Forever Entertainment, probably best know for developing and publishing Fear Effect Sedna, has announced that they will be releasing remakes of Panzer Dragoon and Panzer Dragoon II Zwei! The remake of the original Panzer Dragoon will feature “completely new graphics “ and modifications to make the game “more attractive to modern players, while remaining “faithful to the original in terms of story”. The first game is planned to be released before the end of 2019, and new materials will be presented in the upcoming months. No mention was made of a potential remake of Panzer Dragoon Saga.
We did learn that SEGA (aside from obviously being the IP owner) will also be a co-publisher for the game. Meanwhile, Forever Entertainment will be a co-publisher and co-producer as well as handle co-financing. Development will be handled by MegaPixel Studio. While there’s been no announcement regarding the platforms the games will be released on, we do know that MegaPixel Studio was established as a studio which would “focus on porting and publishing new games on the Nintendo Switch, Xbox One and PlayStation 4”.
Outside from a comment from Atlus USA director Sam Mullen, there’s been no official announcement on the part of SEGA. This appears to be similar to deals SEGA made for other games handled by third party studios, such as Shenmue 3, Bayonetta 2&3 and more recently Streets of Rage 4. From the information available it doesn’t seem like Yukio Futatsugi’s Grounding Inc studio or Land Ho! (developer of Sega Ages 2500 Series Vol. 27: Panzer Dragoon) will be involved with the development of the game. You can read the entire press release from Forever Entertainment here:
Forever Entertainment together with SEGA Holding Co., Ltd. from Japan will co-create and publish Panzer Dragoon: Remake and Panzer Dragoon II Zwei: Remake. The premiere of the first part is planned before the end of 2019!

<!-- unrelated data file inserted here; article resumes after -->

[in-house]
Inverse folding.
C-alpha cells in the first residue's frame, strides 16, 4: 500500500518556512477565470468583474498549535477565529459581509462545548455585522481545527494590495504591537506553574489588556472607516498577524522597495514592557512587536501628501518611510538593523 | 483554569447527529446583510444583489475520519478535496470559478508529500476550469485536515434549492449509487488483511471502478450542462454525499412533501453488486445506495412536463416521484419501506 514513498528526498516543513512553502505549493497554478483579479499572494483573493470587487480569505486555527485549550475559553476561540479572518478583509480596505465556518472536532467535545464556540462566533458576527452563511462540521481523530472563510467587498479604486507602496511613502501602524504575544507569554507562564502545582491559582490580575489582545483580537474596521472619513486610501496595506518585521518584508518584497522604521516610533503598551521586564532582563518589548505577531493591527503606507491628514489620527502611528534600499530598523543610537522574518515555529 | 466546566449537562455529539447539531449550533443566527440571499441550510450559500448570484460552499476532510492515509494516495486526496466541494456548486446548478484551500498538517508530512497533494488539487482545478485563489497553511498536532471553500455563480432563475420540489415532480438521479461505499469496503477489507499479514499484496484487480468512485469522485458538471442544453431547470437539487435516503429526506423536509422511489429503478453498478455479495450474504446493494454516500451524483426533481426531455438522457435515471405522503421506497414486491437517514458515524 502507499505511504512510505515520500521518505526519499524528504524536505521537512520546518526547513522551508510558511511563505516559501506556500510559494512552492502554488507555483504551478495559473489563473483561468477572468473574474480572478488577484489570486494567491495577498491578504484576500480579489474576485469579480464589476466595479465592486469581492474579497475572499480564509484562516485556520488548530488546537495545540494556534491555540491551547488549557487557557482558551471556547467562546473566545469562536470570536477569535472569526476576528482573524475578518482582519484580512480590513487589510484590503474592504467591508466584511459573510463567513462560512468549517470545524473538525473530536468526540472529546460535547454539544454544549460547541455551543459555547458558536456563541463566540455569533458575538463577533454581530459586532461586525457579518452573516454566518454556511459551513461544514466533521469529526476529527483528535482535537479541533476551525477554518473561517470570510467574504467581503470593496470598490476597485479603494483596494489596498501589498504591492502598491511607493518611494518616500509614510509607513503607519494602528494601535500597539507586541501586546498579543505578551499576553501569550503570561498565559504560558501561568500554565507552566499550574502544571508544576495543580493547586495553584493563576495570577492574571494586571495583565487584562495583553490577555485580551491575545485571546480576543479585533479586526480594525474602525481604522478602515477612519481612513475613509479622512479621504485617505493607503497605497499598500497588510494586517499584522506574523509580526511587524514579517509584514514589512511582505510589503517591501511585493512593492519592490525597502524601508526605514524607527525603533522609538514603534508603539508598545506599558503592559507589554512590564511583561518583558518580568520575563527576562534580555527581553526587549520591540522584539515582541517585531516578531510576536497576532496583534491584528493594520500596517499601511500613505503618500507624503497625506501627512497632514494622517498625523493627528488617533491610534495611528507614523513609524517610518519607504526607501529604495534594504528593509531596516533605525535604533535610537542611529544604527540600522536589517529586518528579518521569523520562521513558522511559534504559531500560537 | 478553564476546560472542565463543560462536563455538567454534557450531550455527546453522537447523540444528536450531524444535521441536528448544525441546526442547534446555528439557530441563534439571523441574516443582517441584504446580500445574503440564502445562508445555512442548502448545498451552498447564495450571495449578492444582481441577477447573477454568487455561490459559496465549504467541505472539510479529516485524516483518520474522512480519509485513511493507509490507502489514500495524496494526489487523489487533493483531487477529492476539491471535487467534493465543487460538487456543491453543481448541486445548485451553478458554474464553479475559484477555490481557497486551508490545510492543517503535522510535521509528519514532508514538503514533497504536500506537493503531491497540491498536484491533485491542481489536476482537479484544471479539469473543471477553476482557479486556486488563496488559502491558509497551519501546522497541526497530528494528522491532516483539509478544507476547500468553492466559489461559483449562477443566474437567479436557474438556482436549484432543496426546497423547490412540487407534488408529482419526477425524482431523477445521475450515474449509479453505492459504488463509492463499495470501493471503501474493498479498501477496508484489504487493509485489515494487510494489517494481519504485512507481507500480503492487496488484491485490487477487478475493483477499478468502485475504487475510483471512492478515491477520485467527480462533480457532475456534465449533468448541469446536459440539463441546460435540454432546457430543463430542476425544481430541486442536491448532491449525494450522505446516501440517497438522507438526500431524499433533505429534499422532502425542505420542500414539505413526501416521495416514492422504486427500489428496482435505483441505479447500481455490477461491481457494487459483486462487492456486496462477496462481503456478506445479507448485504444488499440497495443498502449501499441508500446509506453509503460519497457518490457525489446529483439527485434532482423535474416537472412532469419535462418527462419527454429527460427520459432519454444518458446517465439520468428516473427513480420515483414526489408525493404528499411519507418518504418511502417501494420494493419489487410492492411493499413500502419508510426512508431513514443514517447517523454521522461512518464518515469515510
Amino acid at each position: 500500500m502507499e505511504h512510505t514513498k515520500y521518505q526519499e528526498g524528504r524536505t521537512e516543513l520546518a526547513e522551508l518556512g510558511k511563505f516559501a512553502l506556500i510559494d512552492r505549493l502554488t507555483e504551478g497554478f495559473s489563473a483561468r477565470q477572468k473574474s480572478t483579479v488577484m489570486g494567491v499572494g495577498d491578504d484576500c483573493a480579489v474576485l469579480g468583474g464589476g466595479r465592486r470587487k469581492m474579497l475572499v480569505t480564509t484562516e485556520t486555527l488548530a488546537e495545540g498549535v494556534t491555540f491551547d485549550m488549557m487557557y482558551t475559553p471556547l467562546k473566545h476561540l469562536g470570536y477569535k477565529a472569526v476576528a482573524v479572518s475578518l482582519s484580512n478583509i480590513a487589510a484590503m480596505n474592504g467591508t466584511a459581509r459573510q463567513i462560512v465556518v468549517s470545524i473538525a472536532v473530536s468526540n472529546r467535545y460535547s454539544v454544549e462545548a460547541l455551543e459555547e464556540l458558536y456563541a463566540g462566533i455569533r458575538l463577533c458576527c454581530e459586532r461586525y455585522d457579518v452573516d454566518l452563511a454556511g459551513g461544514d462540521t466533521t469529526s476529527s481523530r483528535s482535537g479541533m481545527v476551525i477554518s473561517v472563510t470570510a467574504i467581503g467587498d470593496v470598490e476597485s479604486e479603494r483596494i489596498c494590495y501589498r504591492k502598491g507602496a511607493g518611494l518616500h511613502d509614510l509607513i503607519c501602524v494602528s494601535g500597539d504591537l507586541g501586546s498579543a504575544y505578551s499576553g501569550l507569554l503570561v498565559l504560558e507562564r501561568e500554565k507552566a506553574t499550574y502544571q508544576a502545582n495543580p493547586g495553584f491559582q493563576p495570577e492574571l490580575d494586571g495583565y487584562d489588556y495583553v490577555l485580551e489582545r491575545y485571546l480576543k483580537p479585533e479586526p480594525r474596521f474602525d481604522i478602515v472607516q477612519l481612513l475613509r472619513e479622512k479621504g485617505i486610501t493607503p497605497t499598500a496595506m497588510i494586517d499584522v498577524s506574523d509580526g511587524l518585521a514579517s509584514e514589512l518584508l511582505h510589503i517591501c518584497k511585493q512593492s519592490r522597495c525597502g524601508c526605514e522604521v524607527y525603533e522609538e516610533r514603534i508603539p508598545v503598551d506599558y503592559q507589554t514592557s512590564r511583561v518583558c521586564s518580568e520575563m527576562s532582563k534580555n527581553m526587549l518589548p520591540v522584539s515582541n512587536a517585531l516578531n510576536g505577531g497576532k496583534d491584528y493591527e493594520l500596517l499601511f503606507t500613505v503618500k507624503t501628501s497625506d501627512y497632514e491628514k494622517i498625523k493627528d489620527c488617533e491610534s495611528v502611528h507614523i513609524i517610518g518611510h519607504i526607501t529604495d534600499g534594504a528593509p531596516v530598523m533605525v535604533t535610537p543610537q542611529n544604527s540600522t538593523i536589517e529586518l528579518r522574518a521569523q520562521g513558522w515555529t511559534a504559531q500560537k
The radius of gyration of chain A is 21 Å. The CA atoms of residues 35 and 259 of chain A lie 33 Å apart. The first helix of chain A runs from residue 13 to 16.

Panzer Dragoon: Remake is a refreshed version of Panzer Dragoon. The original version of the game had its premiere on the Sega Saturn console in 1995 and was well received by both players and critics. The entire Panzer Dragoon series has been repeatedly remade and released on many platforms. The last re-launch took place in April 2018 on Xbox One, where players can play Panzer Dragoon Orta with a backward compatibility. The new version of the game will be characterized by a completely new graphics compatible with today’s standards and several modifications of the game, making it more attractive to modern players, while remaining faithful to the original in terms of story. The first materials from the game will be presented in the upcoming months!
This is of course huge news for the Panzer Dragoon community, coming out of the blue (pun intended). The Panzer Dragoon series has been largely dormant since 2002’s Panzer Dragoon Orta, with only an updated (but not fully remade) version of the first Panzer Dragoon released as part of the Sega Ages lineup in 2006 and more recently the arrival of Panzer Dragoon Orta on the Xbox One as part of the backwards compatibility lineup. We’ll be sure to share more details as soon as they become available.
Note: featured image is a screenshot from an emulated version of Panzer Dragoon Zwei, running in Yabause.